Lazurite is a popular but generally expensive mineral. Well-formed, deep blue crystals are rare and valuable. It is more commonly found massive and combined with other minerals into a rock called Lapis Lazuli, which is an alternate birthstone for the month of September.
Lapis lazuli (often simply called lapis) is mostly lazurite but commonly contains pyrite and
Lapis lazuli has been mined for centuries from a locality still in use today in the remote mountain valley called Kokcha, Afghanistan. First mined 6000 years ago, the rock was transported to Egypt and present day Iraq and later to Europe where it was used in jewelry and for ornamental stone. Europeans even ground down the rock into an expensive powdered pigment for paints called "ultramarine". Today ultramarine is manufactured artificially. Although no longer the only source of lapis, Afghanistan still produces the finest quality material.
Lazurite is a member of the feldspathoid group of minerals. Minerals whose chemistries are close to that of the alkali feldspars but are poor in silica (SiO2) content are called feldspathoids. As a result - or more correctly as a function - of that fact, they are found in silica poor rocks containing other silica poor minerals and no quartz. If quartz were present when the melt was crystallizing, it would react with any feldspathoids and form a feldspar. Localities that have feldspathoids are few.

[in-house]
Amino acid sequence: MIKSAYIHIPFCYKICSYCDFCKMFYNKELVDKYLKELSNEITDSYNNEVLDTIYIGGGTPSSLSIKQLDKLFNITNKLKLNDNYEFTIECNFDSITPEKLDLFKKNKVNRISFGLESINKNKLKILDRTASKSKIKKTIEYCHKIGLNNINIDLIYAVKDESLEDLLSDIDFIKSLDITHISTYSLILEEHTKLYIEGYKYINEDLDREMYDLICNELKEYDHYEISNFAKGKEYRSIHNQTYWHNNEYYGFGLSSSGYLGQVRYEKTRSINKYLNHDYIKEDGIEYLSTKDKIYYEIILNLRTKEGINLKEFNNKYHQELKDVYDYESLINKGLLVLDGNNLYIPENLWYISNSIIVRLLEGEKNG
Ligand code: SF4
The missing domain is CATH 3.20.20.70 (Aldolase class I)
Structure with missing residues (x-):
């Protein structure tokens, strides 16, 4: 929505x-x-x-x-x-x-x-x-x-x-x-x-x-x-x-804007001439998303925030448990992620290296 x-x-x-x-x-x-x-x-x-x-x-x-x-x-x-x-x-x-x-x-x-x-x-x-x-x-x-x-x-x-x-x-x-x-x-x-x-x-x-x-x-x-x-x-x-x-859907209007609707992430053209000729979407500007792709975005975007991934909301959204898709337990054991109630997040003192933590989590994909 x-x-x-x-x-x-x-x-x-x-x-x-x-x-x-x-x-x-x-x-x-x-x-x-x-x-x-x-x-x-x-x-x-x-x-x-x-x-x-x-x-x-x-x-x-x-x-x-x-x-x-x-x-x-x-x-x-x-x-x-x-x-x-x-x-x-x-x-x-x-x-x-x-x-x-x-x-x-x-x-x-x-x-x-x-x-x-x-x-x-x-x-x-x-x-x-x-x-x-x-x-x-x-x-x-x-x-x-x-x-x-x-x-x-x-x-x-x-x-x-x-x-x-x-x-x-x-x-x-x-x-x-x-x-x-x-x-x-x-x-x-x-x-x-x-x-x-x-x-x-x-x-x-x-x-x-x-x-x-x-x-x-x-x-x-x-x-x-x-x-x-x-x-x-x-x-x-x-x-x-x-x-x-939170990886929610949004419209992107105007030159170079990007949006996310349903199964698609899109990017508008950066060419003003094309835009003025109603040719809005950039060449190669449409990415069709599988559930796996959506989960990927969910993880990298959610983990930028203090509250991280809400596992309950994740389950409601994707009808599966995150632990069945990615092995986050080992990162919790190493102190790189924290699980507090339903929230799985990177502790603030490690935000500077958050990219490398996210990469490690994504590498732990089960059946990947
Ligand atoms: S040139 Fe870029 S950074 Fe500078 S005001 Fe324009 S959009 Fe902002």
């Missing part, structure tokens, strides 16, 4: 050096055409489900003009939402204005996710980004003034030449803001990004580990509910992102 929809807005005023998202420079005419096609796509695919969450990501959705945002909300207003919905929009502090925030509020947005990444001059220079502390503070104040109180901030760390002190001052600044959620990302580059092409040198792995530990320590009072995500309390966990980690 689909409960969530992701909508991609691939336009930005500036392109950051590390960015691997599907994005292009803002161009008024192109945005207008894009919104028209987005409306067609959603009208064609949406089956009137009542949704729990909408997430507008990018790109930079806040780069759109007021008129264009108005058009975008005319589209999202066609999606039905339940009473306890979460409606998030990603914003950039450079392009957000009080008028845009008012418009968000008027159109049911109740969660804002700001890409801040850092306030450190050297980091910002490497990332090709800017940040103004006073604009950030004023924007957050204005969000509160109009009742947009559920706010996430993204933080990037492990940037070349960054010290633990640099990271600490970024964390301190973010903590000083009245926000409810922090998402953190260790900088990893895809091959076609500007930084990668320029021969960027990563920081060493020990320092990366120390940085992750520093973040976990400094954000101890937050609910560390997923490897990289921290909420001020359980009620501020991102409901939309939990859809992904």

The name lazurite is often confused with the bright blue phosphate mineral lazulite. However the two minerals can not be confused with each other identification wise because of lazulite's typical vitreous luster and good crystal habit. The carbonate mineral azurite has a very similar color to lazurite but is associated with the green carbonate mineral malachite and reacts to acids.